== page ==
Counseling Tools Can Help

With an event this big, sometimes it can be difficult to decipher what is a realistic concern and what isn’t. For those of us that manage anxiety daily in our normal lives, this can make it difficult to re-establish and maintain recovery. The common methods of treatment for anxiety, such as “reality testing”, can fail us in this new world of uncertainty, unknowns, and large-scale impacts.

What we do know, is that no matter the reality outside our doors, there are tried and true evidence-based tools we can all use to stay grounded. By far the most important one is something called “Radical Acceptance”. Similar to the “Serenity Prayer” of Alcoholics Anonymous, “Radical Acceptance” is a simple but very powerful concept. It is accepting what is happening right now (instead of trying to fight it or deny it) and then focusing only on what you personally have control over and taking action in those areas. How do you know if you are trying to fight something? Generally, if the statement or thought contains the word “should”, then there is a lack of acceptance of that reality. By accepting what is and then focusing on what you can actually do about it, we empower ourselves and reduce feelings of helplessness, hopelessness and constant worry.

Virtual Care is available for Mental Health Services

There are many other tools and resources that can help right now. Most mental health counselors at the moment are working on or have started to offer their usual in-person therapy through virtual platforms instead. This is called Telehealth or Telemedicine. It does not involve FaceTiming or Skyping with your therapist as there are strict regulations concerning security and confidentially that have to be adhered to. But certain tools or versions of tools such as Zoom, American Well, Doxy.me are allowed to be used for receiving counseling. There are hundreds out there that are safe and approved for counseling services. Some are companies themselves that you access a provider through and others are just a technology solution for your own therapist to use.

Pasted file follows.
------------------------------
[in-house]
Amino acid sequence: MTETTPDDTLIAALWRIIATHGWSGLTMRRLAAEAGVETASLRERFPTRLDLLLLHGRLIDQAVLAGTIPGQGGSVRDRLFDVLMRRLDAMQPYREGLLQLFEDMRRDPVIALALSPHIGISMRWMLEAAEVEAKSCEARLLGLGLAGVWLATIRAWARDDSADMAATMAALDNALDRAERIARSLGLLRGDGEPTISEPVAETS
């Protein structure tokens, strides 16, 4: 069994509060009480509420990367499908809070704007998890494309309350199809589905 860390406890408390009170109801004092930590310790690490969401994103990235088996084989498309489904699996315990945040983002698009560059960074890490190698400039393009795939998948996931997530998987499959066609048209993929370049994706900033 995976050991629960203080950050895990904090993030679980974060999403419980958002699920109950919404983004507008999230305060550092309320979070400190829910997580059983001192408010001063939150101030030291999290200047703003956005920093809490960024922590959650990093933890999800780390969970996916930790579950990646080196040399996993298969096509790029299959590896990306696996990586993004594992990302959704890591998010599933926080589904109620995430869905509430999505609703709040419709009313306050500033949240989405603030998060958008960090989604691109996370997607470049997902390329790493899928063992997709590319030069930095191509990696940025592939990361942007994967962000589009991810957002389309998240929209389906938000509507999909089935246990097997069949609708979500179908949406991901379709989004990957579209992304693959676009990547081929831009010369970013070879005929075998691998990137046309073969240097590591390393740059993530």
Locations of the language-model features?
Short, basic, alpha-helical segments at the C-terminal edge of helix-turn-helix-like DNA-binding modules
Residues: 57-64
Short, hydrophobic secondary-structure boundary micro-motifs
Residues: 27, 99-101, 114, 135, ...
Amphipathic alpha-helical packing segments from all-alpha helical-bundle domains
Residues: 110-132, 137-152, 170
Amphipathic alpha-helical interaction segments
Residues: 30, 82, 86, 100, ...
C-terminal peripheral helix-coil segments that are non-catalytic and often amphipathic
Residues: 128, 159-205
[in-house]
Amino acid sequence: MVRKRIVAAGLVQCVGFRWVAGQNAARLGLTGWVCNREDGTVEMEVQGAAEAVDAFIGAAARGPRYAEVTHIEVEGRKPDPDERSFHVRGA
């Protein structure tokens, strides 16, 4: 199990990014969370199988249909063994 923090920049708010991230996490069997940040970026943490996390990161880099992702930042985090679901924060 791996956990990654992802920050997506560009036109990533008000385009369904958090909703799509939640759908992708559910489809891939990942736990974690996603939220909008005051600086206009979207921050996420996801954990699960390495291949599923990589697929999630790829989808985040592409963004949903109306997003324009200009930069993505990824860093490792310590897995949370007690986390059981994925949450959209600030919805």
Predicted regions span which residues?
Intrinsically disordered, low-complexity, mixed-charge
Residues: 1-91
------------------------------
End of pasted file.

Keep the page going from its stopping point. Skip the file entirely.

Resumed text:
Don’t forget that you are not in this alone. Please take the time to check-in with each other throughout this time. Community Youth Services is your place of employment but it is also your work family. Lets offer each other grace through this temporary challenge, wraparound each other and help each other get through this and not just survive but thrive.

Community Youth Services (CYS) is currently offering virtual behavioral services to help those young people that may be feeling the effects of this pandemic.  Staff are scheduling one-on-one counseling sessions will be available based on present staffing and availability via telemedicine.

CYS Participants